Uncooled amorphous silicon microbolometers have been established as a field-worthy technology for a broad range of
applications where performance and form factor are paramount, such as soldier-borne systems. Recent developments in
both bolometer materials and pixel design at L-3 in the 17μm pixel node have further advanced the state-of-the-art.
Increasing the a-Si material temperature coefficient of resistance (TCR) has the impact of improving NETD sensitivity
without increasing thermal time constant (TTC), leading to an improvement in the NETD×TTC product. By tuning the
amorphous silicon thin-film microstructure using hydrogen dilution during deposition, films with high TCR have been
developed. The electrical properties of these films have been shown to be stable even after thermal cycling to
temperatures greater than 300<sup>o</sup>C enabling wafer-level vacuum packaging currently performed at L-3 to reduce the size
and weight of the vacuum packaged unit. Through appropriate selection of conditions during deposition, amorphous
silicon of ~3.4% TCR has been integrated into the L-3 microbolometer manufacturing flow. By combining pixel design
enhancements with improvements to amorphous silicon thin-film technology, L-3's amorphous silicon microbolometer
technology will continue to provide the performance required to meet the needs to tomorrow's war-fighter.
Recent developments in low-noise, high temperature coefficient of resistance (TCR) amorphous silicon and amorphous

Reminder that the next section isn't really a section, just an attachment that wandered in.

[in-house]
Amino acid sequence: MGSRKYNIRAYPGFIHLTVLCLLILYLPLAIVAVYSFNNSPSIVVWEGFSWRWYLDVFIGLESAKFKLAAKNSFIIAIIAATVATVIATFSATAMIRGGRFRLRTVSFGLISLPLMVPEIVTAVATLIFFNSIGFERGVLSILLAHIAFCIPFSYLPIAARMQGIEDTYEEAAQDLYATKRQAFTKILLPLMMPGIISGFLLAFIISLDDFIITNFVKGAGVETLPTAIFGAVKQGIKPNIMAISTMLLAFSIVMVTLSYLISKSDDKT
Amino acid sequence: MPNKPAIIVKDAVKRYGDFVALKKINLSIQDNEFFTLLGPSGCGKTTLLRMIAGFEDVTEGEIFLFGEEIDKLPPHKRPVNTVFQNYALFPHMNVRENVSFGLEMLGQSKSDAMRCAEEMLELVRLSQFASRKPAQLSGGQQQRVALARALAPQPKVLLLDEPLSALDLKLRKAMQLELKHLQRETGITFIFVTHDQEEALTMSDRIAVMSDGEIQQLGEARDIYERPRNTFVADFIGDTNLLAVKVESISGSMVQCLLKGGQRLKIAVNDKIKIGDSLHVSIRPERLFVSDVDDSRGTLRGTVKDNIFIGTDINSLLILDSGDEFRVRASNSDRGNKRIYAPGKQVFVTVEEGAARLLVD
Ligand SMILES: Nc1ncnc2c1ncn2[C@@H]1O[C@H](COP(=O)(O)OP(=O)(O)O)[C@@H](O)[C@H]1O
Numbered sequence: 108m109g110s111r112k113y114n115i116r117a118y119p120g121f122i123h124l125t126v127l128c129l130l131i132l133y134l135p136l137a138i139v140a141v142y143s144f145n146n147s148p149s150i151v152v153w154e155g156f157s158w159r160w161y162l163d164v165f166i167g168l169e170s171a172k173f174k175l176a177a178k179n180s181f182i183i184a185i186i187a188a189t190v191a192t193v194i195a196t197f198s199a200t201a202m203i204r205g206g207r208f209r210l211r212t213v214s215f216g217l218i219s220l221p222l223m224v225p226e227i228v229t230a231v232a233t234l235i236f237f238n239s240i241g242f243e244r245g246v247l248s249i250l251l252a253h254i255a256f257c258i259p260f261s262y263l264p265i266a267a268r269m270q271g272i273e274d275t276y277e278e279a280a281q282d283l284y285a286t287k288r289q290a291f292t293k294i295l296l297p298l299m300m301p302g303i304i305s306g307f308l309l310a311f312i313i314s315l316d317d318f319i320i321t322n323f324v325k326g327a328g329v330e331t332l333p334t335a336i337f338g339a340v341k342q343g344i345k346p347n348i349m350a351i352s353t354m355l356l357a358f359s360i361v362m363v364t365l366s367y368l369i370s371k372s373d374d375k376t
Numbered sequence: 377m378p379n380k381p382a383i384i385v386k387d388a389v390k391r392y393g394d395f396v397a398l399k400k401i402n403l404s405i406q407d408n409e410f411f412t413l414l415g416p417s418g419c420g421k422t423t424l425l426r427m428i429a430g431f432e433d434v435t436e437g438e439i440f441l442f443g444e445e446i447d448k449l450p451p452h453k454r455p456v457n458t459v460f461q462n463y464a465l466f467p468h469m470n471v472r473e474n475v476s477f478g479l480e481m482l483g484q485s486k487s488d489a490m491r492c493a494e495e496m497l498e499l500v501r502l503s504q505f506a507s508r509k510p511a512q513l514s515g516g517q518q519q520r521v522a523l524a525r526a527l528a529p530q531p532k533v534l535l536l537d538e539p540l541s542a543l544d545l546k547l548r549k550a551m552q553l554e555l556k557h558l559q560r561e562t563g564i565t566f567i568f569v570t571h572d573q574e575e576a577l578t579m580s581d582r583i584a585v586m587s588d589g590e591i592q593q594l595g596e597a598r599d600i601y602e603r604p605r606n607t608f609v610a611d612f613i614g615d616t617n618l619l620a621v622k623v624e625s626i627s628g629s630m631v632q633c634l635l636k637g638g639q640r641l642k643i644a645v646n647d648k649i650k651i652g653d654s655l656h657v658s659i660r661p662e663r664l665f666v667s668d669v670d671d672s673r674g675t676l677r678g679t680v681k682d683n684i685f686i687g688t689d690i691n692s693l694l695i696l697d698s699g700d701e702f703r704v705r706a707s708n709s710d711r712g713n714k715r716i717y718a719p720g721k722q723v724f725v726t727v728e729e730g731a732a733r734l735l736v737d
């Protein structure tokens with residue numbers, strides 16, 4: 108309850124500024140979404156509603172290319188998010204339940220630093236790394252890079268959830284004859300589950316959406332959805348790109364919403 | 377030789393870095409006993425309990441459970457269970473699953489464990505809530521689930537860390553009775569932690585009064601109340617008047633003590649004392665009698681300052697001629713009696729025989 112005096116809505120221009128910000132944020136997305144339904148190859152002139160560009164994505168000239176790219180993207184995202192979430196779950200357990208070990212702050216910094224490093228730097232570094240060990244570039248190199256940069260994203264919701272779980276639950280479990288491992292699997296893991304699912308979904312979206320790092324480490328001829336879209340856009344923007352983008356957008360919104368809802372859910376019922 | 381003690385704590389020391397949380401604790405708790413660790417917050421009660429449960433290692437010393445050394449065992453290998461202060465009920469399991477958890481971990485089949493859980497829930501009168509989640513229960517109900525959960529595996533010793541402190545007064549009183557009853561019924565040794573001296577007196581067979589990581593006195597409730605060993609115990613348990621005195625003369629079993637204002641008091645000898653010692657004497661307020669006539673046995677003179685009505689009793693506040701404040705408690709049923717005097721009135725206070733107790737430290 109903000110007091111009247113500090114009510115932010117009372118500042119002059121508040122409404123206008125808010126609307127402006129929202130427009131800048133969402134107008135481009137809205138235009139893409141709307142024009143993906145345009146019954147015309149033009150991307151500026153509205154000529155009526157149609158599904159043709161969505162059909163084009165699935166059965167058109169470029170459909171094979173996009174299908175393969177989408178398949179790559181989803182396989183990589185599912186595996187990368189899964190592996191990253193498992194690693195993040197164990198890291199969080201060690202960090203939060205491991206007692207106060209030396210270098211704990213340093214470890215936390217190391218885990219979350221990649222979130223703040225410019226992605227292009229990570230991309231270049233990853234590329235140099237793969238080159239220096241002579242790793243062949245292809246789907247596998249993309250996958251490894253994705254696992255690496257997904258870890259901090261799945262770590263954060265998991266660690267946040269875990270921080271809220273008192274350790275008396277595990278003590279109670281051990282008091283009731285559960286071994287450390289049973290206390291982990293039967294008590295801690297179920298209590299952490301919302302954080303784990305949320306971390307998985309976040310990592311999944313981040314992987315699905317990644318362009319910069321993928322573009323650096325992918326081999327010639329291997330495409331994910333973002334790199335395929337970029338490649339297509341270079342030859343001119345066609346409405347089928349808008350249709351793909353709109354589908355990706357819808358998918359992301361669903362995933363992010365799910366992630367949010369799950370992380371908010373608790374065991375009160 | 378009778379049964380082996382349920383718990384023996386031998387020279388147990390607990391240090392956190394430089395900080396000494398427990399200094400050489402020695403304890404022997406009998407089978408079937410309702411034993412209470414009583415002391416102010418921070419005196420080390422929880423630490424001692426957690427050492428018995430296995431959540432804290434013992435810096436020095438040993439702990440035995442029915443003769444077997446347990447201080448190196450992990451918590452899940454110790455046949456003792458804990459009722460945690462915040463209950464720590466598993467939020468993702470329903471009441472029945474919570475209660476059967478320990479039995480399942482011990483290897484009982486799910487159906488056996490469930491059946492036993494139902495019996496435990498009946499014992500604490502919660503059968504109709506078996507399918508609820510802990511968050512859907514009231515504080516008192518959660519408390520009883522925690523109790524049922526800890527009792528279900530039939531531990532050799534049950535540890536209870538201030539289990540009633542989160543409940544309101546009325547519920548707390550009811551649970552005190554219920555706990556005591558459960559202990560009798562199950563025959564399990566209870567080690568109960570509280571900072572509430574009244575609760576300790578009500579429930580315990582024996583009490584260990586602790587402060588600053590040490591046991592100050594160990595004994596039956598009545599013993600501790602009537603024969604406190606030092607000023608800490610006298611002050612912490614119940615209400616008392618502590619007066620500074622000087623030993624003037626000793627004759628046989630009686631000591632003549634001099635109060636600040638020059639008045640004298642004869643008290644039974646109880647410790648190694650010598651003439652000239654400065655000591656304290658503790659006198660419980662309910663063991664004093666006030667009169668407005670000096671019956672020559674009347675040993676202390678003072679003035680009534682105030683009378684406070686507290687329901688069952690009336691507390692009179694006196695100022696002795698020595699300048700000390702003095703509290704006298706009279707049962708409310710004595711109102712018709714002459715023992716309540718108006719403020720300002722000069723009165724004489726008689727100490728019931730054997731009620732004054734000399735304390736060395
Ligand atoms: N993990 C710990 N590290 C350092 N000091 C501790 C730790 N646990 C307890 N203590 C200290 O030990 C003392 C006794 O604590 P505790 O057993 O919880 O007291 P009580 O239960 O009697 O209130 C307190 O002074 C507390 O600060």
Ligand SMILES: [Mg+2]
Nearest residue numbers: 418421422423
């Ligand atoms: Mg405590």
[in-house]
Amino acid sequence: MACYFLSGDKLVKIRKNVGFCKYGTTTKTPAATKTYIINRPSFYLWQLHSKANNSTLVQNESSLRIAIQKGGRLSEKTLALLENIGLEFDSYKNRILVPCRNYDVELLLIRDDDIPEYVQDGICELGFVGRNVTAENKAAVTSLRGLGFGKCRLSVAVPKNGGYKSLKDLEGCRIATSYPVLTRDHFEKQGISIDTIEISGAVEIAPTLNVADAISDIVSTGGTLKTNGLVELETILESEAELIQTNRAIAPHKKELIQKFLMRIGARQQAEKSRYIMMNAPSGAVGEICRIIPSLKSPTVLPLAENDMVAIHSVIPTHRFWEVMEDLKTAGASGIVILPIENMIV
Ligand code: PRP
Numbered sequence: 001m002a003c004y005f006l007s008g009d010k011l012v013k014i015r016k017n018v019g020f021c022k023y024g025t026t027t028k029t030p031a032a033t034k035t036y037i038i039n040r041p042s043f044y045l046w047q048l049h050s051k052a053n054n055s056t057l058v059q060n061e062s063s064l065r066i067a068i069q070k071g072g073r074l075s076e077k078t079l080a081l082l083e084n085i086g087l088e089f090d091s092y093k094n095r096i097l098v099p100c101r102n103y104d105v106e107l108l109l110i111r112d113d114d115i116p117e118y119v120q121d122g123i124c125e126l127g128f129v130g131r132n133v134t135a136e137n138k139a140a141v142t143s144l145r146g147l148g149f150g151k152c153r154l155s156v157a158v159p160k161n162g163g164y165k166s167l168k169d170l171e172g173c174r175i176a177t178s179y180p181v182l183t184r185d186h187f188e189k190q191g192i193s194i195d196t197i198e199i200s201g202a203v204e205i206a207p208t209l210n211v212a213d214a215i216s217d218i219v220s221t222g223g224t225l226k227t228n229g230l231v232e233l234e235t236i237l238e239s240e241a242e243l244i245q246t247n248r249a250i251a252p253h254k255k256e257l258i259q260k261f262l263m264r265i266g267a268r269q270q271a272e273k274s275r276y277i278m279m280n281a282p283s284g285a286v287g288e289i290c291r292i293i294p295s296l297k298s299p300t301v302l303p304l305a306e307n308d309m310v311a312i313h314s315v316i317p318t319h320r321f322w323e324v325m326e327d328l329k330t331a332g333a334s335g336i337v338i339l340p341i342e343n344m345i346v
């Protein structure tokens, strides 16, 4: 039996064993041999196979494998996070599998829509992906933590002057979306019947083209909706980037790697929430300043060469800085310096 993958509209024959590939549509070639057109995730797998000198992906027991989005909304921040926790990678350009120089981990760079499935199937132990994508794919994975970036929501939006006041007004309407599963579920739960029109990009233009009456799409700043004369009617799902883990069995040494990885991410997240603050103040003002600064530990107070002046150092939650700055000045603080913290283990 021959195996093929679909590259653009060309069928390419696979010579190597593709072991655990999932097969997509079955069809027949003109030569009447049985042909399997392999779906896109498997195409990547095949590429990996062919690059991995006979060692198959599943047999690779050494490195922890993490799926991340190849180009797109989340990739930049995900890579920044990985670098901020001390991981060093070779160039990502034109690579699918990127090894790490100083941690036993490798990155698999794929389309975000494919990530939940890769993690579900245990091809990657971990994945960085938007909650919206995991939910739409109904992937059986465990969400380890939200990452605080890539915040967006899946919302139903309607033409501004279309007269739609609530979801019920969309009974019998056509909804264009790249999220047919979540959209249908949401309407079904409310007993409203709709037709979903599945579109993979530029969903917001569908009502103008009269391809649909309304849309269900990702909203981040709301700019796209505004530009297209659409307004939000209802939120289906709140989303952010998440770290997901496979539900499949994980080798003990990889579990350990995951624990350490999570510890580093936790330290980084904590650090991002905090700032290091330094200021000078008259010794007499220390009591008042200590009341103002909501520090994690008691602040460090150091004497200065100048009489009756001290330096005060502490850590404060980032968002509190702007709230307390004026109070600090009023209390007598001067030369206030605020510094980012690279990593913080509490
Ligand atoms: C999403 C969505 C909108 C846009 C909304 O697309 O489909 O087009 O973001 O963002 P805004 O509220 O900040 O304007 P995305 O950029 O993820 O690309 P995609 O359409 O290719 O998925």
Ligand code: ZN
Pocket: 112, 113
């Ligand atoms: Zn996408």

silicon germanium material have led to the development of uncooled focal plane arrays, with TCR in the range 3.2%/K
to 3.9%/K, which has been leveraged in the small pixel FPA development at L-3 EOS. In the 17μm pixel technology
node at present, 1024x768, 640×480, and 320x240 FPAs have thus far been developed. All three formats employ waferlevel
vacuum packaging, with the 1024x768 representing the largest format uncooled FPA wafer-level packaged to date.
FPA results from all three formats will be discussed and images will be presented.
Continued reduction of α-Si bolometer pixel size has led to increases in array size as well as improvements in
temporal response for a given level of sensitivity. Programs funded by DARPA and NVESD are developing
advanced 320×240, 640×480 and 1024×768 α-Si bolometer arrays with 17μm pixels, on-chip A/D conversion,
significant improvements in dynamic range, significant reductions in thermal time constant and other specialized
functions. The push to 17μm is motivated not only by system size and weight, but also by improvements in
performance resulting from increased resolution. Smaller pixels permit fabrication of larger arrays without
subverting the field-size constraints of ordinary photolithographic processes. Reducing pixel size also reduces the
effects of stress mismatches. This permits reduction of device thickness, thereby reducing thermal time constant.
Improvements in bolometer material properties have served to improve responsivity while lowering 1/f noise.
Because these arrays substantially reduce sensor size, they are becoming the preferred format for most applications,
particularly for weapon sights and for head-mounted and UAV applications. The larger array sizes are of interest for
pilotage and surveillance.
This paper presents recent developments in next generation microbolometer Focal Plane Array (FPA) technology at L-3 Communications Infrared Products (L-3 CIP). Infrared detector technology at L-3 CIP is based on hydrogenated amorphous silicon (a-Si:H) and amorphous silicon germanium(a-SiGe:H). Large format high performance, fast, and compact IR FPAs are enabled by a
low thermal mass pixel design; favorable material properties; an advanced ROIC design; and wafer level packaging. Currently at L-3 CIP, 17 micron pixel FPA array technology including 320x240,
640 x 480 and 1024 x768 arrays is under development. Applications of these FPAs range from low power microsensors to high resolution near-megapixel imager systems.